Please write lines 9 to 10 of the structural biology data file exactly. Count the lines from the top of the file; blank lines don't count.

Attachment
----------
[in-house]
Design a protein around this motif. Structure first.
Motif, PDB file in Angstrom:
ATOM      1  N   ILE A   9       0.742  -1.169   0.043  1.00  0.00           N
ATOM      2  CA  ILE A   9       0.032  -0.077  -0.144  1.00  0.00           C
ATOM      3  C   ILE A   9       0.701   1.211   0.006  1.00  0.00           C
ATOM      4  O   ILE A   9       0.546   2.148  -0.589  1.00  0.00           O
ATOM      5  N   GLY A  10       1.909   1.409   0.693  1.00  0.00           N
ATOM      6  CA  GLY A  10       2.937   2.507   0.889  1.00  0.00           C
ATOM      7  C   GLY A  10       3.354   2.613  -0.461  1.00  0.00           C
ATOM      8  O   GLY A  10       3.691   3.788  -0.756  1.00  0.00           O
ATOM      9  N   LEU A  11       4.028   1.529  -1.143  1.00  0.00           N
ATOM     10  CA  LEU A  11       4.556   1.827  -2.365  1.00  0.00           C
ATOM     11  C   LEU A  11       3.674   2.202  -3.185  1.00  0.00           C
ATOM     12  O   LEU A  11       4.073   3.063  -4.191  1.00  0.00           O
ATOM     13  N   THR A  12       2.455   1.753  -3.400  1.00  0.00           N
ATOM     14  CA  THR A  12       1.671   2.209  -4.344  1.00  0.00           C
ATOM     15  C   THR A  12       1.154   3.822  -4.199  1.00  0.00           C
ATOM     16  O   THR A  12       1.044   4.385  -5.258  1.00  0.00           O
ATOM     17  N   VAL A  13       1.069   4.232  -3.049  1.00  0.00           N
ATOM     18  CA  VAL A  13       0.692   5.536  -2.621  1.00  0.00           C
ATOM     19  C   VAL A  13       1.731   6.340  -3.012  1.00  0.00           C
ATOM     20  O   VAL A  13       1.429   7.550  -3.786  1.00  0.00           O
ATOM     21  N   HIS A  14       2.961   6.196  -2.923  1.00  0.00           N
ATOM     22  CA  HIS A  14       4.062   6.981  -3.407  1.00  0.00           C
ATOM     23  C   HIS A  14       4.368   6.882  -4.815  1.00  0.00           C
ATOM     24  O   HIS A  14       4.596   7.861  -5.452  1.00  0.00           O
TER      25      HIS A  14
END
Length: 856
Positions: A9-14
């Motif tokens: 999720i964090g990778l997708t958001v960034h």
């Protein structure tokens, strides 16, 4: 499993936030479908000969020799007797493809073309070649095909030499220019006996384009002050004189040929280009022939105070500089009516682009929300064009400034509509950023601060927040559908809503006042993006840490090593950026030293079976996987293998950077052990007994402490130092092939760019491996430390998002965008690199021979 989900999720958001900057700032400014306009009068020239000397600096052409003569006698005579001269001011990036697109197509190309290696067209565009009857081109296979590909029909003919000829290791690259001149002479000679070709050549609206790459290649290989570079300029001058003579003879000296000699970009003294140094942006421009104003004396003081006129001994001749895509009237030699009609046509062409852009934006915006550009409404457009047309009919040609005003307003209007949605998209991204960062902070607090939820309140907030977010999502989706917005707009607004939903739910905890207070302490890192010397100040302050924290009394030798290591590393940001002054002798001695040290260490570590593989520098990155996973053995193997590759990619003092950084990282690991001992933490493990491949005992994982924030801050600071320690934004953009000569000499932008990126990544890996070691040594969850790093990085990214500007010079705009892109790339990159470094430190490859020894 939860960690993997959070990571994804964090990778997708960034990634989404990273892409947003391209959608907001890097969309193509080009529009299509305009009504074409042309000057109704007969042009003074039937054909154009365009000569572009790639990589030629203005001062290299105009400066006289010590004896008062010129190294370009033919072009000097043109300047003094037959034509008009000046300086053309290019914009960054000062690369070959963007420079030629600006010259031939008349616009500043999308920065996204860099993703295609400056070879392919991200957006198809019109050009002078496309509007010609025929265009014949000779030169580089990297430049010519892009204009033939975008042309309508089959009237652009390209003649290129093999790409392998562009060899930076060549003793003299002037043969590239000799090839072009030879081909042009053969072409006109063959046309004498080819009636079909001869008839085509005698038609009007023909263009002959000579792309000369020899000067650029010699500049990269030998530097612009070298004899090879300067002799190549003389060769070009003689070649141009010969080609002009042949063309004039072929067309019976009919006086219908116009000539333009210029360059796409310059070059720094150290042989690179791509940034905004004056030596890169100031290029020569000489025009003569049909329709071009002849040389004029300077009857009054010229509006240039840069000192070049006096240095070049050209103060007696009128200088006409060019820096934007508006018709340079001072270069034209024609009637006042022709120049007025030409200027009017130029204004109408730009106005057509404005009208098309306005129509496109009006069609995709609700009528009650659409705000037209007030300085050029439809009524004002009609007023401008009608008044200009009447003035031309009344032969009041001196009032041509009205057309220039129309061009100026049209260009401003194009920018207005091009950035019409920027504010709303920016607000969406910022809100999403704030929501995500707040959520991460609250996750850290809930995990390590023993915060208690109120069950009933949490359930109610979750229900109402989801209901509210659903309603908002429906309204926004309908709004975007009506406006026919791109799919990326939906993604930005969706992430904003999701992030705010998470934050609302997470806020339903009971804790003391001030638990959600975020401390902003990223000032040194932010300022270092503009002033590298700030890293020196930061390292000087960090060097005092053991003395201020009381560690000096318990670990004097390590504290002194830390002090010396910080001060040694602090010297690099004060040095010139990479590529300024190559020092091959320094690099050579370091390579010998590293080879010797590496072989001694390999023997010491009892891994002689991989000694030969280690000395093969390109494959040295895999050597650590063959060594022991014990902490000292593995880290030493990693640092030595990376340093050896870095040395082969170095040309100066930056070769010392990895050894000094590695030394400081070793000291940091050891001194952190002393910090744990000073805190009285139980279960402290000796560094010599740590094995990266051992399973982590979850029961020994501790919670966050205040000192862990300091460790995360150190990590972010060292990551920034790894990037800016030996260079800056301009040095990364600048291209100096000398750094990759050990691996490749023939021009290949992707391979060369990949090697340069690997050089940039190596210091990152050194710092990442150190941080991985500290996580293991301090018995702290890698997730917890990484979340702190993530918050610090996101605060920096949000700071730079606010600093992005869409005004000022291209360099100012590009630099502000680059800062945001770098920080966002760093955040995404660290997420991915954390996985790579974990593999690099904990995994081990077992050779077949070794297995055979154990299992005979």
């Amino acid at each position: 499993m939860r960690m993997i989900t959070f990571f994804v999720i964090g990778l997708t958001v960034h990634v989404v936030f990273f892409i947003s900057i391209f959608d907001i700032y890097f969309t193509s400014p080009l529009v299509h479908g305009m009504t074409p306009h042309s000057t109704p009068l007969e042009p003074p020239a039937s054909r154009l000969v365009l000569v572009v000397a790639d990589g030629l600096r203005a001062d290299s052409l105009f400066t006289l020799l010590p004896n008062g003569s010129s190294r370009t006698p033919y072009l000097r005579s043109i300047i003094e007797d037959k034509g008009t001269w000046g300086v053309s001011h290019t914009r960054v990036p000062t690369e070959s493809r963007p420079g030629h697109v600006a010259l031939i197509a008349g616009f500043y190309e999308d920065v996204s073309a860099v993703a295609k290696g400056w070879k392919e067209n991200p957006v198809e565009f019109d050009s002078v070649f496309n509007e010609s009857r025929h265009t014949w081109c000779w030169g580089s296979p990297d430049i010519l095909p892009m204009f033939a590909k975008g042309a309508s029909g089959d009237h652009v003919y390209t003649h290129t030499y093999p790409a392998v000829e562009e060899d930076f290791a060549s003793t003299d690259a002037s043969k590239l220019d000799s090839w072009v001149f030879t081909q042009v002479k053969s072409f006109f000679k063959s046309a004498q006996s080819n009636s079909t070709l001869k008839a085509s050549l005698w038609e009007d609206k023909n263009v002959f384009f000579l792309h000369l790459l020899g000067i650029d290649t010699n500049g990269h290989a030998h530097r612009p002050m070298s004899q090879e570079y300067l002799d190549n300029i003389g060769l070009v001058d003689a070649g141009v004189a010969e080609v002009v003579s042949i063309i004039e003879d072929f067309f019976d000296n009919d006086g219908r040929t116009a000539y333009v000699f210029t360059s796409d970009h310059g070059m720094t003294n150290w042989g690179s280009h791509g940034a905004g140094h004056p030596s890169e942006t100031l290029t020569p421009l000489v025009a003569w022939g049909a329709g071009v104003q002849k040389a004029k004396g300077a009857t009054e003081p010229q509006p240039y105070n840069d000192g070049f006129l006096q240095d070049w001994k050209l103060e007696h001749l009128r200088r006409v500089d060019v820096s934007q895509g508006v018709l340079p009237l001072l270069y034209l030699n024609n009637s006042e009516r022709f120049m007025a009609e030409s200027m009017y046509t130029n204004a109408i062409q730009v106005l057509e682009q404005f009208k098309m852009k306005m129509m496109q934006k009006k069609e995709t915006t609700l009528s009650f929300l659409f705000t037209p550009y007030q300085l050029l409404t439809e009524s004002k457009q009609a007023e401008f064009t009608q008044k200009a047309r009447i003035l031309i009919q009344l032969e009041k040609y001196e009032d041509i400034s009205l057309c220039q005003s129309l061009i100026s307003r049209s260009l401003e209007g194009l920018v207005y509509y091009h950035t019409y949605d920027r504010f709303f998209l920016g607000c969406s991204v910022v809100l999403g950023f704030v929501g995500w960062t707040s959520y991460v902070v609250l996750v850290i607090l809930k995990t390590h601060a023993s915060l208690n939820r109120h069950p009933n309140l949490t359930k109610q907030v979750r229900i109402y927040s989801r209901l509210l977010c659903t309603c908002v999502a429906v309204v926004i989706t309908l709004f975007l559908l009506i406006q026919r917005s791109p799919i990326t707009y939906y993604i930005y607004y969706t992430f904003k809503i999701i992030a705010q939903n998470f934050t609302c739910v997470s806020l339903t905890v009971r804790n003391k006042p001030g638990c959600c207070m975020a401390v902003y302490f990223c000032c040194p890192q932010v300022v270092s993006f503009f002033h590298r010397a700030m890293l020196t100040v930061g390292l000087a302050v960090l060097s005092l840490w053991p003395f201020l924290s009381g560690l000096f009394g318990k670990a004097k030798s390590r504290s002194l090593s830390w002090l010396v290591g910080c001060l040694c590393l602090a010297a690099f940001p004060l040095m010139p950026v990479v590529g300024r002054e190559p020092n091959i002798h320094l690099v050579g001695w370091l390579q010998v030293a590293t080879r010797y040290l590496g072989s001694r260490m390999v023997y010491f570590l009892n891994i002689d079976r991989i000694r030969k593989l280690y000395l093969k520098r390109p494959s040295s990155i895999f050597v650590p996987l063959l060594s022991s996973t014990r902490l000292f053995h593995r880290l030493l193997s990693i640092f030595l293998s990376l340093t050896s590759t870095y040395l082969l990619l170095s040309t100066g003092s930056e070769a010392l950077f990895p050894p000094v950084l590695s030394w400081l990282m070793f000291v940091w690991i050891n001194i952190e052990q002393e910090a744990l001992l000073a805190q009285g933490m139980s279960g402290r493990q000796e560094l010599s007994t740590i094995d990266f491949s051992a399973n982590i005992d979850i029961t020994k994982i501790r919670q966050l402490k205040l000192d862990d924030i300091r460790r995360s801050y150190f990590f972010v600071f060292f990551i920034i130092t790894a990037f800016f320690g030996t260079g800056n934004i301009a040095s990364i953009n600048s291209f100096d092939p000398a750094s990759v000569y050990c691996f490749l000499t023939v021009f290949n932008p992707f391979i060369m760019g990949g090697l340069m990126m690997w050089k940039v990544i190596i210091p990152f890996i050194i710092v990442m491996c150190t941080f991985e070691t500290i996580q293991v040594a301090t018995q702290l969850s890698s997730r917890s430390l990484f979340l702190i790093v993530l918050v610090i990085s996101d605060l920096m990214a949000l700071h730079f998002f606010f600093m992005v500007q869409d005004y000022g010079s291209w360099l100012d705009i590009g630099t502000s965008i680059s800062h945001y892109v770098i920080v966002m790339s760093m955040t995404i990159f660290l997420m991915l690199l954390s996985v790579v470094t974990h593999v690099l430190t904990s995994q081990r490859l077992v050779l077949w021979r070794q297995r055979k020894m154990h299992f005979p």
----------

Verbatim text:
ATOM      6  CA  GLY A  10       2.937   2.507   0.889  1.00  0.00           C
ATOM      7  C   GLY A  10       3.354   2.613  -0.461  1.00  0.00           C